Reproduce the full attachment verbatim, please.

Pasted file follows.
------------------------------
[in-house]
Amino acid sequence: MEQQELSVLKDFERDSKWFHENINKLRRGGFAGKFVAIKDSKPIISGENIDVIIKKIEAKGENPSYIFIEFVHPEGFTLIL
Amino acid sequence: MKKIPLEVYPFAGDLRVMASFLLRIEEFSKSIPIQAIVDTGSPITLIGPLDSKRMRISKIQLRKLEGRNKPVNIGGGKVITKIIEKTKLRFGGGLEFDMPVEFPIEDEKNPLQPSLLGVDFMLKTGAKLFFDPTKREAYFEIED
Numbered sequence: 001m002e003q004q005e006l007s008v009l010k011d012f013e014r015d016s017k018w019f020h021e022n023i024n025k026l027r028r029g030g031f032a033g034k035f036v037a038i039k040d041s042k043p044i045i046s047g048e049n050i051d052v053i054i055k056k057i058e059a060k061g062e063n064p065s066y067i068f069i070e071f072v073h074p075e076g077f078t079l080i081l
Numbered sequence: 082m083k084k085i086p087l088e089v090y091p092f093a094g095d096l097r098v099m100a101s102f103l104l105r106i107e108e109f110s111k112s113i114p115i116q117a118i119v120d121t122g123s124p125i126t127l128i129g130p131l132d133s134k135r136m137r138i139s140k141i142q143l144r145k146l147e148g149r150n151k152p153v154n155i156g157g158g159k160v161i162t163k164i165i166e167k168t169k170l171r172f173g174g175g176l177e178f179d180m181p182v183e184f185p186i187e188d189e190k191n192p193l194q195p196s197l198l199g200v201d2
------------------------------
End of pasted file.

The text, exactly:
[in-house]
Amino acid sequence: MEQQELSVLKDFERDSKWFHENINKLRRGGFAGKFVAIKDSKPIISGENIDVIIKKIEAKGENPSYIFIEFVHPEGFTLIL
Amino acid sequence: MKKIPLEVYPFAGDLRVMASFLLRIEEFSKSIPIQAIVDTGSPITLIGPLDSKRMRISKIQLRKLEGRNKPVNIGGGKVITKIIEKTKLRFGGGLEFDMPVEFPIEDEKNPLQPSLLGVDFMLKTGAKLFFDPTKREAYFEIED
Numbered sequence: 001m002e003q004q005e006l007s008v009l010k011d012f013e014r015d016s017k018w019f020h021e022n023i024n025k026l027r028r029g030g031f032a033g034k035f036v037a038i039k040d041s042k043p044i045i046s047g048e049n050i051d052v053i054i055k056k057i058e059a060k061g062e063n064p065s066y067i068f069i070e071f072v073h074p075e076g077f078t079l080i081l
Numbered sequence: 082m083k084k085i086p087l088e089v090y091p092f093a094g095d096l097r098v099m100a101s102f103l104l105r106i107e108e109f110s111k112s113i114p115i116q117a118i119v120d121t122g123s124p125i126t127l128i129g130p131l132d133s134k135r136m137r138i139s140k141i142q143l144r145k146l147e148g149r150n151k152p153v154n155i156g157g158g159k160v161i162t163k164i165i166e167k168t169k170l171r172f173g174g175g176l177e178f179d180m181p182v183e184f185p186i187e188d189e190k191n192p193l194q195p196s197l198l199g200v201d2